The IRS commissioner wasn't kidding. Weeks before the 2015 tax filing season started, John Koskinen warned both his employees and the taxpaying public that many calls for help were likely to be ignored.
"For the upcoming filing season, we estimate that only about 50 percent of taxpayers who call can reach us over the phone," Koskinen said in an email to Internal Revenue Service staff back in December.
Turns out he was being optimistic.
Telephone tax help troubles: A new Treasury Inspector General for Tax Administration, or TIGTA, examination of the interim results of the 2015 filing season found that the number of calls in the IRS' toll-free assistance queue that were answered during this just completed tax-filing period was only 38.5 percent.
A lot of taxpayers probably felt like they would have had as much success with a can and string as they did with their telephones in trying to get help through the IRS hotline during the just-finished filing season.
That's an almost 52 percent drop in the number of phone calls answered this year compared to 2014, when 74.7 percent of callers with tax questions got through.
Maybe this decrease was what Koskinen was predicting when he came up with his 50 percent figure.
Terrible new telephone trend? Perhaps even more distressing than the dramatic drop in telephone assistance is that it also represents a reversal of a more helpful trend.
From 2012 through 2014, the IRS has been improving its telephone help efforts. The number of calls answered had increased each year, while callers' wait time had dropped.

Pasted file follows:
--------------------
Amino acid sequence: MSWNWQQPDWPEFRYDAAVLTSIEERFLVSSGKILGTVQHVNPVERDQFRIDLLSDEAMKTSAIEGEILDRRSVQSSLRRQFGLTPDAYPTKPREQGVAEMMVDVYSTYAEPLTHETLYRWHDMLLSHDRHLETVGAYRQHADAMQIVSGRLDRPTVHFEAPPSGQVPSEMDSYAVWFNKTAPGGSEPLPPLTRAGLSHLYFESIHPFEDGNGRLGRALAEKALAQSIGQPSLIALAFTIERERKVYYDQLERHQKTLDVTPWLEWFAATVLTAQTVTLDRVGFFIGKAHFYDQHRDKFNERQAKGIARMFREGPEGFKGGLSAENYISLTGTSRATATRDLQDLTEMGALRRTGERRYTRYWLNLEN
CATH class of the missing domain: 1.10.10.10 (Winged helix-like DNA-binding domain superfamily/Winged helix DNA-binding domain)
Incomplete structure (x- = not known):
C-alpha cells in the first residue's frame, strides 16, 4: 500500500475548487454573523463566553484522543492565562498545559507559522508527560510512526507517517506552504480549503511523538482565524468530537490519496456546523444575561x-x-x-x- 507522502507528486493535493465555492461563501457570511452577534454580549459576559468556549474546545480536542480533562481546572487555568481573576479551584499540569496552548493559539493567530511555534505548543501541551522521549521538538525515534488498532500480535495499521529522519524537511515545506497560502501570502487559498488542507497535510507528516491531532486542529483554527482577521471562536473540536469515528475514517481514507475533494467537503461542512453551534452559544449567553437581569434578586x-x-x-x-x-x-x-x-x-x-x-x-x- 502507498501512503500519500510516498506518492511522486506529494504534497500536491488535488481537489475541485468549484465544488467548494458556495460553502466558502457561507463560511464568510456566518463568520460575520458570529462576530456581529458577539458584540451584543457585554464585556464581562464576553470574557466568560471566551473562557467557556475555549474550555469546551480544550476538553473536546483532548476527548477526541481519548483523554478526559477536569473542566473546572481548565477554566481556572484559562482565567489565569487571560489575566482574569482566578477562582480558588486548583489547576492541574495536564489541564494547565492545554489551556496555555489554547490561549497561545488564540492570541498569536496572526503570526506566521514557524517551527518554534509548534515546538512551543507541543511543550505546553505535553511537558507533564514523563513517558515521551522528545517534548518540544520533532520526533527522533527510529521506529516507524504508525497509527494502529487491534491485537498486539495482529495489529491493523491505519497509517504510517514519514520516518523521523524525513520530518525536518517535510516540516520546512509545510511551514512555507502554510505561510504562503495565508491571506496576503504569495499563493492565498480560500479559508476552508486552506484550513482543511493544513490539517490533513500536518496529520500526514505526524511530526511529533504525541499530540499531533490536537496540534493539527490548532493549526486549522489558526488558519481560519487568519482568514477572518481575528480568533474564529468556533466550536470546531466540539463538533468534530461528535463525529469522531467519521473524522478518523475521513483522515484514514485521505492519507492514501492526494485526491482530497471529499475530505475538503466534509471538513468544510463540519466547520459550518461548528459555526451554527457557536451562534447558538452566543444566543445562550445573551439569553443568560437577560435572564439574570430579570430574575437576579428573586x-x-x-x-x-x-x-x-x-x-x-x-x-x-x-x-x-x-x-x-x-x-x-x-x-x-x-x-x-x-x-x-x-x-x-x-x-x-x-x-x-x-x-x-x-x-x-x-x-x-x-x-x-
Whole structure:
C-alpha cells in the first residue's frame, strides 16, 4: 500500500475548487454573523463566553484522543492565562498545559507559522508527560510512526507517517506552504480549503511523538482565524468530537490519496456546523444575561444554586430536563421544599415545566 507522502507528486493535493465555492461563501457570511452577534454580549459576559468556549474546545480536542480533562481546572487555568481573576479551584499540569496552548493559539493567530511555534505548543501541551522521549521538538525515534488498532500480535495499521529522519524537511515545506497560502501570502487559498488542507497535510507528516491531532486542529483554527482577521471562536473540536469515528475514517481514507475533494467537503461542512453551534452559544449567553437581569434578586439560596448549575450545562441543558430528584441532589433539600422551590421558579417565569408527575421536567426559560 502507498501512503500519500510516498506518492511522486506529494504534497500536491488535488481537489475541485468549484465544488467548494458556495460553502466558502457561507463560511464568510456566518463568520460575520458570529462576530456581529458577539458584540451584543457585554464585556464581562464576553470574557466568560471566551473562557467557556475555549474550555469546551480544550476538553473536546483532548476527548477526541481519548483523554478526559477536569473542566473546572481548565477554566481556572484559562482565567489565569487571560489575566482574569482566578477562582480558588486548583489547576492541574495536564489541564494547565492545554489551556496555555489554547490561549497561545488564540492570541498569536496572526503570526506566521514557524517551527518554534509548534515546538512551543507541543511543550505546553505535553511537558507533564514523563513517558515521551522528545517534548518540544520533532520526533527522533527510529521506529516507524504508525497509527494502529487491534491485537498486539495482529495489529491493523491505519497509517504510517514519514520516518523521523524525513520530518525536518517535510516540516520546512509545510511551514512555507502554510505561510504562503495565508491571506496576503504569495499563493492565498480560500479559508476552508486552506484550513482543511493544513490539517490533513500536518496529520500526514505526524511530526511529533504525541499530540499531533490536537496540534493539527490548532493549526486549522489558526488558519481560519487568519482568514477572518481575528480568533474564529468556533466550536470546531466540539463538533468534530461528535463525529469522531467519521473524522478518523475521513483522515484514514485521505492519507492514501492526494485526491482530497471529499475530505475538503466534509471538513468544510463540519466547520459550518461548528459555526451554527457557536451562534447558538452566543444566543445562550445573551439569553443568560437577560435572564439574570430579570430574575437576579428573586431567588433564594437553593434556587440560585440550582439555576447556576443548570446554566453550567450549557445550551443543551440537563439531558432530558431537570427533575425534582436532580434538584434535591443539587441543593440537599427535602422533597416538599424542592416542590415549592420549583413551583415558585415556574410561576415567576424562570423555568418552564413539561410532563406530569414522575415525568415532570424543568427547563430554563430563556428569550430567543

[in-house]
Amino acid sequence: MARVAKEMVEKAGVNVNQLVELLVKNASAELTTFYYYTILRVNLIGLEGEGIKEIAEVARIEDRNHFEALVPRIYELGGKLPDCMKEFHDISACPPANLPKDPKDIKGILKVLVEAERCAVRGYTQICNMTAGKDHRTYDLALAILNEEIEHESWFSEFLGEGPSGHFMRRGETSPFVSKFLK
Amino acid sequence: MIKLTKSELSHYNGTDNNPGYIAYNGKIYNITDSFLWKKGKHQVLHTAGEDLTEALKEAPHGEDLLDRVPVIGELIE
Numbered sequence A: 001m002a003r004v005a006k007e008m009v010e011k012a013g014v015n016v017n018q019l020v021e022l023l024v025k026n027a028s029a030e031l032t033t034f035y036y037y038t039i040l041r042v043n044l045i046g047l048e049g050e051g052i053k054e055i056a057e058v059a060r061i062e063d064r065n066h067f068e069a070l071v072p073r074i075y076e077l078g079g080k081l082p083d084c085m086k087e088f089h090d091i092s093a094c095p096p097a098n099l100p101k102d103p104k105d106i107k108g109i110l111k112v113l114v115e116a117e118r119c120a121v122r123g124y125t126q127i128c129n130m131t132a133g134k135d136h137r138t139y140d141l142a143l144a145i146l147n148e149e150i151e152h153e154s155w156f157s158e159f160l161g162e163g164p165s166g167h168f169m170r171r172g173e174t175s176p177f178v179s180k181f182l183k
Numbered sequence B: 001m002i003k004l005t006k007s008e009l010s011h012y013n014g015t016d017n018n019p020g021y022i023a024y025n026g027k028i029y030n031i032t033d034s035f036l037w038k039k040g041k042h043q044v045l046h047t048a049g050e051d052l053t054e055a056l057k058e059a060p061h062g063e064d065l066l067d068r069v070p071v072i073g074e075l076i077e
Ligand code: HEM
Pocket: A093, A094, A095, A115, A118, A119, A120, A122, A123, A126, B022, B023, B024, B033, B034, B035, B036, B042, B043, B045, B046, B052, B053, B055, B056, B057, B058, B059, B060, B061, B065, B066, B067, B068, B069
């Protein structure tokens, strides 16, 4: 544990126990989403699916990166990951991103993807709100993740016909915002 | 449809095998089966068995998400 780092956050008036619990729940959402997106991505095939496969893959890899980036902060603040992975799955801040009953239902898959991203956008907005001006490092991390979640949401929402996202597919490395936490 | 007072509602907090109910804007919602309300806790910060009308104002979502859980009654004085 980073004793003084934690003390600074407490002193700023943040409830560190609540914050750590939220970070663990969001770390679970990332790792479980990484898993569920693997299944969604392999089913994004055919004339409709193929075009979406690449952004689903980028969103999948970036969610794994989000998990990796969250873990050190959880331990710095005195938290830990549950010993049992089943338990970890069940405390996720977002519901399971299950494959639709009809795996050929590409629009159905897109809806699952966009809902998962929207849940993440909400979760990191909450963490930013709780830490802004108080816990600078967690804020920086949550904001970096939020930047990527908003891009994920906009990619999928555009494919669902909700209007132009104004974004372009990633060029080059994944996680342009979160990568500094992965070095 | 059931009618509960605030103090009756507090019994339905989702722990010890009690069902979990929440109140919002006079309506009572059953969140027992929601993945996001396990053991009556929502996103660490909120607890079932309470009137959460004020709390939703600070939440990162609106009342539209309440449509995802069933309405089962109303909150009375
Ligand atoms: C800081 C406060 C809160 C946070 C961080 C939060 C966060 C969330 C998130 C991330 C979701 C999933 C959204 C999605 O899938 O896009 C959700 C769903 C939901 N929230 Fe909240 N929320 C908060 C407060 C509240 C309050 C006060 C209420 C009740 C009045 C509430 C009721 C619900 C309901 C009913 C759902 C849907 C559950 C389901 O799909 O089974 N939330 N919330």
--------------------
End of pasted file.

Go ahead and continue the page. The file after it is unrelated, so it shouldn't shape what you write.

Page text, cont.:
But the connection definitely was dropped in 2015.
Other assistance also suffered: The IRS person-to-person tax assistance also was less than last year.
TIGTA found that during fiscal year 2015, the IRS plans to assist 5.3 million filers at its Taxpayer Assistance Centers. That's a nearly 4 percent decrease from the previous fiscal year.
Instead, says TIGTA, continued budget cuts mean that the tax agency is depending more on technology.
The IRS is making taxpayer assistance options available 24/7 via its IRS2Go app, YouTube channels, than interactive self-help tools on IRS.gov, and Twitter, Tumblr, and Facebook social media accounts.
Operations oversight hearing: The TIGTA report is an information analysis only. The IRS watchdog did not make any recommendations to the agency as to how it might increase customer service.
You can bet, however, that Representatives will have some ideas when the House Ways and Means Subcommittee on Oversight holds a hearing Wednesday, April 22, to look at the 2015 tax filing season and the IRS' general operations.
There's no word yet on who the invited hearing witnesses will be, but I'm putting my money on Koskinen, Treasury Inspector General J. Russell George (or Michael E. McKenney, TIGTA Deputy Inspector General for Audit, who headed the filing season report) and perhaps National Taxpayer Advocate Nina Olson.
What is more certain is what will be said.
Koskinen (and Olson if she's asked to appear) will make the case that the IRS needs more funding to do its jobs, from customer service to processing returns to catching tax fraud and going after tax cheats, properly.
The lawmakers, particularly Republican Representatives, will say that the agency simply needs to better prioritize and work more efficiently.
In past hearings, Oversight Subcommittee Chairman Peter Roskam (R-Ill.) has called the argument that the IRS lacks resources to operate efficiently "laughable."
Don't look for much laughing from either side at this week's hearing.
Did you try to get help from the IRS, in person or on the phone, this filing season? If so, what was your experience?
Or did you depend on online IRS help? In that case, did you find the IRS.gov and related options sufficient?
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